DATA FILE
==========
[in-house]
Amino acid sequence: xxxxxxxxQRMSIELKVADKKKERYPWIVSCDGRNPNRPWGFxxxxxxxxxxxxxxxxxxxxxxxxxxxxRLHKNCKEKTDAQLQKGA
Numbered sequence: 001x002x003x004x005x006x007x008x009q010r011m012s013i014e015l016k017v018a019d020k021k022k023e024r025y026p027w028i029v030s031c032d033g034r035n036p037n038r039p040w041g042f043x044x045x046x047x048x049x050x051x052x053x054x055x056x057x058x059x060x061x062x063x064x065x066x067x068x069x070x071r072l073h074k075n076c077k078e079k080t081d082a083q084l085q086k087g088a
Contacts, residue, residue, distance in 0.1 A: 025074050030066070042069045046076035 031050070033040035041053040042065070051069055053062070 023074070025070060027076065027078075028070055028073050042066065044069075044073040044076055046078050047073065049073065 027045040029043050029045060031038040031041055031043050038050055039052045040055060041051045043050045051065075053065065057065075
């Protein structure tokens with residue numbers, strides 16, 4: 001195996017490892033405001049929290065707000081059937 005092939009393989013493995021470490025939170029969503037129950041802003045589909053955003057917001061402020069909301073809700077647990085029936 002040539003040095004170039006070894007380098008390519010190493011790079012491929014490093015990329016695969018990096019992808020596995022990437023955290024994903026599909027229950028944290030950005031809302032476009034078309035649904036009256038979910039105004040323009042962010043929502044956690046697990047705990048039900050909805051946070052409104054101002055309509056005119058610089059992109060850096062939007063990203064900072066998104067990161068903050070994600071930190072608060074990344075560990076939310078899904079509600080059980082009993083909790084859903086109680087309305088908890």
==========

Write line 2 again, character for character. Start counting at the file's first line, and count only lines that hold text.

Amino acid sequence: xxxxxxxxQRMSIELKVADKKKERYPWIVSCDGRNPNRPWGFxxxxxxxxxxxxxxxxxxxxxxxxxxxxRLHKNCKEKTDAQLQKGA